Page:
The new restoration of Michael Radford's 1984, bears the stamp of approval by the film's much acclaimed cinematographer and recent Academy Award winner (after 13 nominations), Roger Deakins. John Hurt and Richard Burton star in what is known as the definitive screen adaptation of George Orwell's prophetic novel. A parable of totalitarian oppression, the film is faithful to the book's bleak prophetic vision right down to the presence of "Big Brother". Yet, one citizen (John Hurt) risks everything in a defiant assertion of humanity in the face of soul-crushing conformity. Through vividly grim production design and expressionistically desaturated cinematography, the film conjures a dystopian vision of postwar Britain as a fascistic nightmare. In other words, it's a world all too recognizable as our own. Required reading for every high-schooler back in my day, 1984 is a story that has improved with its screen translation. Its imagery is nearly impossible to create in the imagination of one's own mind.

Marcel Pagnol's enchanting comedy The Baker's Wife, features the legendary actor Raimu in a new 4K restoration. The warmth and wit of the celebrated playwright shines in this enchanting slice-of-life comedy. Now a cinematic auteur, Pagnol draws a vivid portrait of a close-knit village where the marital woes of a sweetly deluded baker snowball into a scandal that engulfs the entire town. The Baker's Wife is at once wonderfully droll and piercingly perceptive in its depiction of the complexities of human relationships. According to many sources, Orson Welles once called the beloved, down-to-earth French character star Raimu (born Jules Auguste Cesar Muraire), "the greatest actor who ever lived." One can hardly argue the point of this compliment, as it is given by one genius to another.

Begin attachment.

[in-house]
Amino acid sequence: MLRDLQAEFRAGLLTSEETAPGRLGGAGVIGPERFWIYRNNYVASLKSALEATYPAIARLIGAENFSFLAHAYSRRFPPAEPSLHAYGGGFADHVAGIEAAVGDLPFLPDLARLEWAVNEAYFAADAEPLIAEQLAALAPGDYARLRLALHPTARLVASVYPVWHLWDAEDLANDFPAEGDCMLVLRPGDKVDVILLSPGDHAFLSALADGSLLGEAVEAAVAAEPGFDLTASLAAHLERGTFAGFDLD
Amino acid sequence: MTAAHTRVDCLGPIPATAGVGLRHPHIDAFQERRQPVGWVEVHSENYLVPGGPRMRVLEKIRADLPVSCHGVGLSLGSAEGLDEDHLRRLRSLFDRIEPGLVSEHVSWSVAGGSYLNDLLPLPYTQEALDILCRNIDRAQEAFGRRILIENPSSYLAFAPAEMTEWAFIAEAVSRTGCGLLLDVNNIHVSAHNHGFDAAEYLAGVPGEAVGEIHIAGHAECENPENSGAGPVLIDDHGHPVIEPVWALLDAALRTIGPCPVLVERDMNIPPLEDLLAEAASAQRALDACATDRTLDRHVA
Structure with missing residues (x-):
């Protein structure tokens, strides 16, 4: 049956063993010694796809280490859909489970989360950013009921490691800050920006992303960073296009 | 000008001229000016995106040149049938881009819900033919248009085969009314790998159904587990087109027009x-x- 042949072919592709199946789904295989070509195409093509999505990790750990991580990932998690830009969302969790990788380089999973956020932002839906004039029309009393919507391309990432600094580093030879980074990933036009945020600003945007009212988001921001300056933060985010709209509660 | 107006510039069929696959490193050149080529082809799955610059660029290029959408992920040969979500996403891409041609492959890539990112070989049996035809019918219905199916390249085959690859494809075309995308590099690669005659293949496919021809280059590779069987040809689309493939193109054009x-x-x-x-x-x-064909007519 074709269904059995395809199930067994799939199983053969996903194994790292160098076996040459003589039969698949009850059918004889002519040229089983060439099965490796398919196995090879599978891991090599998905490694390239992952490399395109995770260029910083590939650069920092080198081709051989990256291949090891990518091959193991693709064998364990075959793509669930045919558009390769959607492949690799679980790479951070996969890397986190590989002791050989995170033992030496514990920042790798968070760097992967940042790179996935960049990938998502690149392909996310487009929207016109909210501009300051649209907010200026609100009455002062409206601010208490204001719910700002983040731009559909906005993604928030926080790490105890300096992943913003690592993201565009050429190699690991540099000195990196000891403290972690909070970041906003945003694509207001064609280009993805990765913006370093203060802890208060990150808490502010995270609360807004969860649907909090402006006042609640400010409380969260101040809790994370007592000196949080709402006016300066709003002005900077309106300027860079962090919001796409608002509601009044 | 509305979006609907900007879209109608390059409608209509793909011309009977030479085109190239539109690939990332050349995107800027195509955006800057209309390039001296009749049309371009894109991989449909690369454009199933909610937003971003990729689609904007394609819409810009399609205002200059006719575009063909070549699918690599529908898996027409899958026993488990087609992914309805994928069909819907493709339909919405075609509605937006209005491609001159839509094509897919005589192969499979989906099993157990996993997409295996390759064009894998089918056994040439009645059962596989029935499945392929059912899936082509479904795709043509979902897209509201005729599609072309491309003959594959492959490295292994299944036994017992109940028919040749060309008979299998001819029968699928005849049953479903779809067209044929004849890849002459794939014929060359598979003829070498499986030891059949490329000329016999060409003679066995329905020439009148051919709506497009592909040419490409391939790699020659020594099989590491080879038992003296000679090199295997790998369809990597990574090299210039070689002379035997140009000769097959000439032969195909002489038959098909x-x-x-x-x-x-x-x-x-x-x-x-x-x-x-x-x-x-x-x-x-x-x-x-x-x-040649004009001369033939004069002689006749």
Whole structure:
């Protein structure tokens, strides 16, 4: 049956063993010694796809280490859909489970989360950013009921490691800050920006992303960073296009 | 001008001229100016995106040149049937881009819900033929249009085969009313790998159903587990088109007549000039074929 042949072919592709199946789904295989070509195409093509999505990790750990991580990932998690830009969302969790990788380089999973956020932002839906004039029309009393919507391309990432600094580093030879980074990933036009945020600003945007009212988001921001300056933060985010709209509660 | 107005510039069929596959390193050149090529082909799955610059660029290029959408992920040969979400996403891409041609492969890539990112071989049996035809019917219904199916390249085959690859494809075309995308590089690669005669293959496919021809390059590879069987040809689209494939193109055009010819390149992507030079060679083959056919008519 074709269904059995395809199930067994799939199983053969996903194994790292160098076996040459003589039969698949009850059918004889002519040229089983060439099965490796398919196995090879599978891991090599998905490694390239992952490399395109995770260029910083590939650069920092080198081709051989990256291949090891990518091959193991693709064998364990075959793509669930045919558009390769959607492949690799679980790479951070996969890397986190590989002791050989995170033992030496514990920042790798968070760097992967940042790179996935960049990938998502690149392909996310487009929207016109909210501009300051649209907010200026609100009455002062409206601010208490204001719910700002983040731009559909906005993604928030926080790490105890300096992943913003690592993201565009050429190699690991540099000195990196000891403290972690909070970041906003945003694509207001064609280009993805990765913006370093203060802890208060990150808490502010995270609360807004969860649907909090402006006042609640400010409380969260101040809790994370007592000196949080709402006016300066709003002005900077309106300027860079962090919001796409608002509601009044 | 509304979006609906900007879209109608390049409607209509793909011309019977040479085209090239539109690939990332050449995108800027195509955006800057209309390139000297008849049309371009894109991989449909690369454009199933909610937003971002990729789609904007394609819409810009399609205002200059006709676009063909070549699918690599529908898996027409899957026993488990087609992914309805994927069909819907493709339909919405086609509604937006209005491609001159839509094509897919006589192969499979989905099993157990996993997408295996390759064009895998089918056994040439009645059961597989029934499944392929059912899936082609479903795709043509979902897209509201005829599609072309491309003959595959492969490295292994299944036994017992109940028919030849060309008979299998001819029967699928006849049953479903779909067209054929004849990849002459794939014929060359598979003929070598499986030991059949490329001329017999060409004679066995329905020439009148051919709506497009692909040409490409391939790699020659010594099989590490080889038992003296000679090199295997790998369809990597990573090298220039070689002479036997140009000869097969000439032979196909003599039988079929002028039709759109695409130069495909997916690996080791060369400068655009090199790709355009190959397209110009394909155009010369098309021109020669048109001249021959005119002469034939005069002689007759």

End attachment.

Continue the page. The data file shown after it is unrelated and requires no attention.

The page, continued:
Rainer Werner Fassbinder's career-crowning "BRD Trilogy", which includes The Marriage of Maria Braun, Veronika Voss, and Lola, return to Criterion on Blu-ray. "BRD" is in reference to the "Bundesrepublik Deutschland" (Federal Republic of Germany), an unofficial German initialism for West Germany, which now stands for the republic that merged between East and West in 1990. Back in 1977, when the two very separate Germanys still existed, Fassbinder was thirty-two years old and had already directed more than twenty-five feature films. It was then that he began to trace the postwar history of West Germany in a series of films told from the perspectives of three remarkable women. The Marriage of Maria Braun is a heartbreaking study of a woman picking herself up from the ruins of her own life, as well as a pointed metaphorical attack on a society determined to forget its past. Veronika Voss is a wicked satire disguised as 1950s melodrama, based on a true story of a once-beloved Third Reich-era Ufa star living in obscurity in postwar Munich. And Lola is is a wonderfully satirical homage to Josef von Sternberg's classic The Blue Angel, shot in childlike candy colors in tribute to capitalism. The trilogy would garner Fassbinder his greatest successes, both at home and abroad, and cement his position as one of the foremost figures of the New German Cinema.